The purpose of this study was to establish clinical guidance on the use of intraocular lens (IOL) power calculation formulas according to the biometric parameters.

611 eyes that underwent cataract surgery were retrospectively analysed in subgroups according to the axial length (AL) and corneal power (K). The predicted residual refractive error was calculated and compared to evaluate the accuracy of the following formulas: Haigis, Hoffer Q, Holladay 1 and SRK/T. Furthermore, the percentages of eyes with ≤±0.25, ≤±0.5 and 1 dioptres (D) of the prediction error were recorded.

The Haigis formula showed the highest percentage of cases with ≤0.5 D in eyes with a short AL and steep K (90%), average AL and steep cornea (73.2%) but also in long eyes with a flat and average K (65% and 72.7%, respectively). The Hoffer Q formula delivered the lowest median absolute error (MedAE) in short eyes with an average K (0.30 D) and Holladay 1 in short eyes with a steep K (Holladay 1 0.24 D). SRK/T presented the highest percentage of cases with ≤0.5 D in average long eyes with a flat and average K (80.5% and 68.1%, respectively) and the lowest MedAE in long eyes with an average K (0.29 D).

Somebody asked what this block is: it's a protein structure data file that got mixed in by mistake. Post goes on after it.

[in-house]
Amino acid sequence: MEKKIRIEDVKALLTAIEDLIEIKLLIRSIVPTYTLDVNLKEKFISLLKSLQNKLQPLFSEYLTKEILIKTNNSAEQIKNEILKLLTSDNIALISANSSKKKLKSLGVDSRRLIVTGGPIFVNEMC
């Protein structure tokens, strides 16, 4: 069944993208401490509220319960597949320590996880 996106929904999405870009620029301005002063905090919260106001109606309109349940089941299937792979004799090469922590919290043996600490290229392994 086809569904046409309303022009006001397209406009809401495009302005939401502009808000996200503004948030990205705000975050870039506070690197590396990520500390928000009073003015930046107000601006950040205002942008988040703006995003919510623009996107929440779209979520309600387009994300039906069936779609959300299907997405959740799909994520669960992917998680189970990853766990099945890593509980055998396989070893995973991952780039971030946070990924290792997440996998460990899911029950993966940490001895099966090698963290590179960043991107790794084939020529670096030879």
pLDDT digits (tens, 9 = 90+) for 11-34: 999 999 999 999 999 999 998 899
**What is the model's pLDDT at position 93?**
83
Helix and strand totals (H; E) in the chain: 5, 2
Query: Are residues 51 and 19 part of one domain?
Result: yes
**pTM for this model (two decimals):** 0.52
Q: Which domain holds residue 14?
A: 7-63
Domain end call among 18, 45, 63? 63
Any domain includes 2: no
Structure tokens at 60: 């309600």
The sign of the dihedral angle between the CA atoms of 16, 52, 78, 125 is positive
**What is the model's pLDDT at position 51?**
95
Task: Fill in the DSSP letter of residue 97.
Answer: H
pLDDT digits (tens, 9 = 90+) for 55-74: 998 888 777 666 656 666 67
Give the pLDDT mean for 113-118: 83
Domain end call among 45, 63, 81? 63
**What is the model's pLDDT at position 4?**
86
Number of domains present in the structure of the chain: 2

The study concluded that the Haigis formula shows accurate results in most subgroups. However, attention must be paid to the axial eye length as well as the corneal power when choosing the appropriate formula to calculate an IOL power, especially in eyes with an unusual biometry.

Reference: https://bjo.bmj.com/content/early/2020/09/29/bjophthalmol-2020-315882